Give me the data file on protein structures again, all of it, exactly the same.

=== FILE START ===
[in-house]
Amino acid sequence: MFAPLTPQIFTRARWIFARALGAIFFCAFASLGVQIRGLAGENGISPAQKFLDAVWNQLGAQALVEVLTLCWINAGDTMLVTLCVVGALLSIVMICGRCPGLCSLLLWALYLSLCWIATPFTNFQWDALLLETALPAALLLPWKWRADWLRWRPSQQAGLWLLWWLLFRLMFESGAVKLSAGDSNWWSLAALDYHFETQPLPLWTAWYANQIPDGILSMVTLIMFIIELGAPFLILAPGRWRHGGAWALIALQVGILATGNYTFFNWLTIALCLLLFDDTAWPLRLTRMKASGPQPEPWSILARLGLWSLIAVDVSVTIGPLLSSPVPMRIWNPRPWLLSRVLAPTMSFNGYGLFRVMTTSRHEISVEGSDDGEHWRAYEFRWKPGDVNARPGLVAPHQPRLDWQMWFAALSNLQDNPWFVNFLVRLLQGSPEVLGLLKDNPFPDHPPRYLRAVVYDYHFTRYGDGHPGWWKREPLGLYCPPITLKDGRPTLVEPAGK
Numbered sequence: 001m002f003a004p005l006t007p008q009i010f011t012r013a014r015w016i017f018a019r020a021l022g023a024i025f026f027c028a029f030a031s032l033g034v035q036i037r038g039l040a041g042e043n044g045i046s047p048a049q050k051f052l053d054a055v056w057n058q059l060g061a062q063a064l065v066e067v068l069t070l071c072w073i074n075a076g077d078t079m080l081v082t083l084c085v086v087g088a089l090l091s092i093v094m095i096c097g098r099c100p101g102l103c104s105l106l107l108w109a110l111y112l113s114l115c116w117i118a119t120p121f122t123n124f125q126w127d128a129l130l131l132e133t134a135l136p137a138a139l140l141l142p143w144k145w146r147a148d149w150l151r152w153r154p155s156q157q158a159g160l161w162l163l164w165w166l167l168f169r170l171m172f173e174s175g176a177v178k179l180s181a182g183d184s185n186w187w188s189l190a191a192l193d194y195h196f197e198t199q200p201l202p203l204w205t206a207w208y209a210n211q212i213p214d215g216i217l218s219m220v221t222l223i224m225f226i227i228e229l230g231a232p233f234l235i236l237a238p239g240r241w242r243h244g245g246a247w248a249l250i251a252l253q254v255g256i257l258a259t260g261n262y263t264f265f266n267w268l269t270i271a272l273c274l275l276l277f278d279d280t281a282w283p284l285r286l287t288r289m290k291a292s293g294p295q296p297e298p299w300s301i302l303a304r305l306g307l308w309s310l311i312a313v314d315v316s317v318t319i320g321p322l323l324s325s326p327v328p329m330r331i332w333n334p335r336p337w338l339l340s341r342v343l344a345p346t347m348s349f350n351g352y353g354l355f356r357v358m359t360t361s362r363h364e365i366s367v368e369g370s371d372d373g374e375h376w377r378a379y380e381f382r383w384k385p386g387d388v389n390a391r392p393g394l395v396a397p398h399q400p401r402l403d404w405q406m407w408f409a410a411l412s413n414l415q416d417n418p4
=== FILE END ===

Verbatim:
[in-house]
Amino acid sequence: MFAPLTPQIFTRARWIFARALGAIFFCAFASLGVQIRGLAGENGISPAQKFLDAVWNQLGAQALVEVLTLCWINAGDTMLVTLCVVGALLSIVMICGRCPGLCSLLLWALYLSLCWIATPFTNFQWDALLLETALPAALLLPWKWRADWLRWRPSQQAGLWLLWWLLFRLMFESGAVKLSAGDSNWWSLAALDYHFETQPLPLWTAWYANQIPDGILSMVTLIMFIIELGAPFLILAPGRWRHGGAWALIALQVGILATGNYTFFNWLTIALCLLLFDDTAWPLRLTRMKASGPQPEPWSILARLGLWSLIAVDVSVTIGPLLSSPVPMRIWNPRPWLLSRVLAPTMSFNGYGLFRVMTTSRHEISVEGSDDGEHWRAYEFRWKPGDVNARPGLVAPHQPRLDWQMWFAALSNLQDNPWFVNFLVRLLQGSPEVLGLLKDNPFPDHPPRYLRAVVYDYHFTRYGDGHPGWWKREPLGLYCPPITLKDGRPTLVEPAGK
Numbered sequence: 001m002f003a004p005l006t007p008q009i010f011t012r013a014r015w016i017f018a019r020a021l022g023a024i025f026f027c028a029f030a031s032l033g034v035q036i037r038g039l040a041g042e043n044g045i046s047p048a049q050k051f052l053d054a055v056w057n058q059l060g061a062q063a064l065v066e067v068l069t070l071c072w073i074n075a076g077d078t079m080l081v082t083l084c085v086v087g088a089l090l091s092i093v094m095i096c097g098r099c100p101g102l103c104s105l106l107l108w109a110l111y112l113s114l115c116w117i118a119t120p121f122t123n124f125q126w127d128a129l130l131l132e133t134a135l136p137a138a139l140l141l142p143w144k145w146r147a148d149w150l151r152w153r154p155s156q157q158a159g160l161w162l163l164w165w166l167l168f169r170l171m172f173e174s175g176a177v178k179l180s181a182g183d184s185n186w187w188s189l190a191a192l193d194y195h196f197e198t199q200p201l202p203l204w205t206a207w208y209a210n211q212i213p214d215g216i217l218s219m220v221t222l223i224m225f226i227i228e229l230g231a232p233f234l235i236l237a238p239g240r241w242r243h244g245g246a247w248a249l250i251a252l253q254v255g256i257l258a259t260g261n262y263t264f265f266n267w268l269t270i271a272l273c274l275l276l277f278d279d280t281a282w283p284l285r286l287t288r289m290k291a292s293g294p295q296p297e298p299w300s301i302l303a304r305l306g307l308w309s310l311i312a313v314d315v316s317v318t319i320g321p322l323l324s325s326p327v328p329m330r331i332w333n334p335r336p337w338l339l340s341r342v343l344a345p346t347m348s349f350n351g352y353g354l355f356r357v358m359t360t361s362r363h364e365i366s367v368e369g370s371d372d373g374e375h376w377r378a379y380e381f382r383w384k385p386g387d388v389n390a391r392p393g394l395v396a397p398h399q400p401r402l403d404w405q406m407w408f409a410a411l412s413n414l415q416d417n418p4